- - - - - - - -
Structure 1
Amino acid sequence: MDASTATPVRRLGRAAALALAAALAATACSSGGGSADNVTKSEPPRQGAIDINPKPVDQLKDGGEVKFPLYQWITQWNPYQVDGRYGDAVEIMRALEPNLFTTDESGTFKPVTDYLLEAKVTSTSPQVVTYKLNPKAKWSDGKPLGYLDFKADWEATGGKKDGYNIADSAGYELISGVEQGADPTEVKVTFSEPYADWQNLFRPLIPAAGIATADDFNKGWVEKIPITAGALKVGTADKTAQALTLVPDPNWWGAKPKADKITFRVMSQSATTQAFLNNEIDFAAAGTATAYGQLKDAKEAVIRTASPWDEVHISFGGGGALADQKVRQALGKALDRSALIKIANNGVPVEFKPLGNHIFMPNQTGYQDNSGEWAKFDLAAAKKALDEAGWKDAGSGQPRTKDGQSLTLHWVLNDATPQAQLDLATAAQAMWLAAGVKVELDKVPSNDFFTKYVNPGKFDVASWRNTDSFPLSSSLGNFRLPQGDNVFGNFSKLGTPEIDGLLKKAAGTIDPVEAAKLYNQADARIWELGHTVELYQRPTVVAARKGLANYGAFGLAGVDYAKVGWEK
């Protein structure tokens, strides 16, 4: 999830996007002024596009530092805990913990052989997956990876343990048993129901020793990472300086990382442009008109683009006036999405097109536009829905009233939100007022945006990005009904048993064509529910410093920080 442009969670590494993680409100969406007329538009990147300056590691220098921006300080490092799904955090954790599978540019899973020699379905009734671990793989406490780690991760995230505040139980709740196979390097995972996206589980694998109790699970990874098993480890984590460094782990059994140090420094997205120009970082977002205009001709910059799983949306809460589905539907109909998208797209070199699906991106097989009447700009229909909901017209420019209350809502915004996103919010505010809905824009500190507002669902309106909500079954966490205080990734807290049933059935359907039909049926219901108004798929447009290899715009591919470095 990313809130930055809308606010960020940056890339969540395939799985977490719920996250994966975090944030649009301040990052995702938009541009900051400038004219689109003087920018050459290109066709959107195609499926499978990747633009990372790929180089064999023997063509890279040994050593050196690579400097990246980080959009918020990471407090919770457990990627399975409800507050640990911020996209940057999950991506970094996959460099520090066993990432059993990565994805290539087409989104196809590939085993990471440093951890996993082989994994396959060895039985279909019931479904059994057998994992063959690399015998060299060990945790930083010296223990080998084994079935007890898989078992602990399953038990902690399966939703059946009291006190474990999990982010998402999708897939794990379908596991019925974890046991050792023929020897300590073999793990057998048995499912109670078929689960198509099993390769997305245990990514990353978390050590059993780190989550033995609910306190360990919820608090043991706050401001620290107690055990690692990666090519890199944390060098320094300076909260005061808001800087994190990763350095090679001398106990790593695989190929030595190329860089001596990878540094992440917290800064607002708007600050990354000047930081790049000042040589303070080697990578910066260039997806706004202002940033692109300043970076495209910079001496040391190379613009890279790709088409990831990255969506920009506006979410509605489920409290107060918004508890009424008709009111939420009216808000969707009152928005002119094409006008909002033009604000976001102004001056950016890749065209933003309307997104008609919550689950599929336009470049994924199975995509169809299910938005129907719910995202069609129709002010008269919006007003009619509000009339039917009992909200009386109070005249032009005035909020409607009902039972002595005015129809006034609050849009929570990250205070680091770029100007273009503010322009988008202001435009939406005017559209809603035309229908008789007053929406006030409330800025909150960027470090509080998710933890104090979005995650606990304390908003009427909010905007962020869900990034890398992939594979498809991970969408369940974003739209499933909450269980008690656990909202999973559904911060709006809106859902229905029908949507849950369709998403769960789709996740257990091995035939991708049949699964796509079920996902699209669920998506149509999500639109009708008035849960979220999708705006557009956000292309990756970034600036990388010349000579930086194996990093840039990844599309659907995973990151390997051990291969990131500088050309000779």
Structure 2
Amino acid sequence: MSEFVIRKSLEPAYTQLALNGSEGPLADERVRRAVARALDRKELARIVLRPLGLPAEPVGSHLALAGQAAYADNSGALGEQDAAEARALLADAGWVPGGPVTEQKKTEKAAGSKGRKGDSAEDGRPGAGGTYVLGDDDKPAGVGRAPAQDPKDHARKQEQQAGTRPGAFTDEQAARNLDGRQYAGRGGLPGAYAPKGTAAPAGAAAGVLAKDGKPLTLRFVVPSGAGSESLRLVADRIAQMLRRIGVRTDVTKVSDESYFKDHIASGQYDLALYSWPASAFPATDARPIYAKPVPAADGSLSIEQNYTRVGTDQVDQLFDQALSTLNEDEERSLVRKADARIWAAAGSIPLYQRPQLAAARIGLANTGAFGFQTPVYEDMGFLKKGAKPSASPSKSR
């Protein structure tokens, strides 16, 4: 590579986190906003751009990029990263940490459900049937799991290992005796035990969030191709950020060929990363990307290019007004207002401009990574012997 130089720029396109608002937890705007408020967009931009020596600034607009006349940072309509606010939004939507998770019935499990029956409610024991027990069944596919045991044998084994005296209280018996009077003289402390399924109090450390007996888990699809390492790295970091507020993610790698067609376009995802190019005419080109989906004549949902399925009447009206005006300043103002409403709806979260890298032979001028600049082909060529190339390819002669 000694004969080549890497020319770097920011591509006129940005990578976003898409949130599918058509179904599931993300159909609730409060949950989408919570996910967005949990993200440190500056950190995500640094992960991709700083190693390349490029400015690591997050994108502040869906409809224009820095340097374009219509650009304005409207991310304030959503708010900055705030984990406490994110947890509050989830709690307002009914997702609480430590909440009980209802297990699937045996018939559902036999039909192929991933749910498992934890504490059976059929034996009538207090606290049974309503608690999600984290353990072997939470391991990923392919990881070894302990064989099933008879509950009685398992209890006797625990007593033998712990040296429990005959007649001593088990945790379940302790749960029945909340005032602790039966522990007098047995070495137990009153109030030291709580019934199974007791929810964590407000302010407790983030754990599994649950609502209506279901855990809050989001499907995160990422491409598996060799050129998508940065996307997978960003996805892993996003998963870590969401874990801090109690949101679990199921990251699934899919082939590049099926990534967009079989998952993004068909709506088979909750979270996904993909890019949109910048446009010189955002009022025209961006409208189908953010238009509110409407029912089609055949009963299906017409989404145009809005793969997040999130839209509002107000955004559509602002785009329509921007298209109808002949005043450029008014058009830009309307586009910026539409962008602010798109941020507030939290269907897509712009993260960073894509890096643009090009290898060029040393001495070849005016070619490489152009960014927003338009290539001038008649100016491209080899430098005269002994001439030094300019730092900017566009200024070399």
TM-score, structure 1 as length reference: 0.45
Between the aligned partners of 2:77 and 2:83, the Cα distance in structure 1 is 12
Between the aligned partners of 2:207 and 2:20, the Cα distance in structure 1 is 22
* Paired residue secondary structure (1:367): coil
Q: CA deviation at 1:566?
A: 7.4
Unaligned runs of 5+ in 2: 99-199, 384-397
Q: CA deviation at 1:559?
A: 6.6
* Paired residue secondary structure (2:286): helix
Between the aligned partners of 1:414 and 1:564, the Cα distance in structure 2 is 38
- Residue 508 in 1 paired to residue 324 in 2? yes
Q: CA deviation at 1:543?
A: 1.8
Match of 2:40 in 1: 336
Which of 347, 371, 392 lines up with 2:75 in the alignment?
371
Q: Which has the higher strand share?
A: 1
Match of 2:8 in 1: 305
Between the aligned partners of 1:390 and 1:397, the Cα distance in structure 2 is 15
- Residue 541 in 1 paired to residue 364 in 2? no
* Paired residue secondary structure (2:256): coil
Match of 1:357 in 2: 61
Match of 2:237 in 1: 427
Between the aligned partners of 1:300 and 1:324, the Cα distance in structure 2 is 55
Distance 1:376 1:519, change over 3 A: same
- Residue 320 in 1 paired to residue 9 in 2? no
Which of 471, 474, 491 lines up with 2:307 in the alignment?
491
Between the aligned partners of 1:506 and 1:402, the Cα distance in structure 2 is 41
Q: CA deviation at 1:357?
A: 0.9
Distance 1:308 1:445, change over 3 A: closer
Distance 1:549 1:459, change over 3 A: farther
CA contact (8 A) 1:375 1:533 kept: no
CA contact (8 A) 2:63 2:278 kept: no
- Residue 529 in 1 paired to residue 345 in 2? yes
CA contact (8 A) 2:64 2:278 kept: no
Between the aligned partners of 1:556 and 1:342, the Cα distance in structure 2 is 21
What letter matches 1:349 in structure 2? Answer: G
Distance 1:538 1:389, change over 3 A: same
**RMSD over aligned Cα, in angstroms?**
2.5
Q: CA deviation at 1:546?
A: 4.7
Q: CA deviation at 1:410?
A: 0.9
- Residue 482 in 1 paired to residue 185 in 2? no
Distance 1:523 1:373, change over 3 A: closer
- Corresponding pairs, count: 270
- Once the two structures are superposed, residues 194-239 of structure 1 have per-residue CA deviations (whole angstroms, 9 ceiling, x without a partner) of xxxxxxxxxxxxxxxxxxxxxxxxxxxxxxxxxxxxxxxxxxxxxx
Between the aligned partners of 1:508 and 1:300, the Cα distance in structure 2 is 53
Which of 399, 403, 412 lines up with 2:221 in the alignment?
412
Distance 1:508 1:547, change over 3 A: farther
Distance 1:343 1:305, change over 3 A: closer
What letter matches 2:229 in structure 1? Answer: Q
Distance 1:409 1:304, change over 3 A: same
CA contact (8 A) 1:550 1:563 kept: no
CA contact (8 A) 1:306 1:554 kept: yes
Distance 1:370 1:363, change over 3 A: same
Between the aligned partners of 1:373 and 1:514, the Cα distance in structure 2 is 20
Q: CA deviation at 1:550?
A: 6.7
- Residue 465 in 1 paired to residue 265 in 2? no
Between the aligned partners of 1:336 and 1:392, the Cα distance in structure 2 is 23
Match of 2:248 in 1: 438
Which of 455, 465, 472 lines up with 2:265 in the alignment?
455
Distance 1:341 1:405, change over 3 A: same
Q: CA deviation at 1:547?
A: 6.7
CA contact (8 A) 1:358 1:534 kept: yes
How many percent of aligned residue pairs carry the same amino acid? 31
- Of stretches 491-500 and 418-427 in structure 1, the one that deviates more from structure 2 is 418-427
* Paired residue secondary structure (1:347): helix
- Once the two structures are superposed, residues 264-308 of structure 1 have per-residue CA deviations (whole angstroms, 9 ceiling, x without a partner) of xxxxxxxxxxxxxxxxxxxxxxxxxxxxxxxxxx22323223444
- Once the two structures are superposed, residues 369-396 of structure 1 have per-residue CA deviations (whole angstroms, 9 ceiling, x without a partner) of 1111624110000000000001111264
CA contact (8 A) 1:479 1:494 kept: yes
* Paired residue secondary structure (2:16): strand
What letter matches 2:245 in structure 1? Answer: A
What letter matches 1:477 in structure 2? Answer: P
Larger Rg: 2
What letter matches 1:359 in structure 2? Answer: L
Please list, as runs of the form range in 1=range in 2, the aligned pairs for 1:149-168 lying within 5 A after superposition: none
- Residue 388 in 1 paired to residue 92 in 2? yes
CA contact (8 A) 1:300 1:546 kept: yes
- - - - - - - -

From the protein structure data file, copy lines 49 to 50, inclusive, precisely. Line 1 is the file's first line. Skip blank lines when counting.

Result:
**RMSD over aligned Cα, in angstroms?**
2.5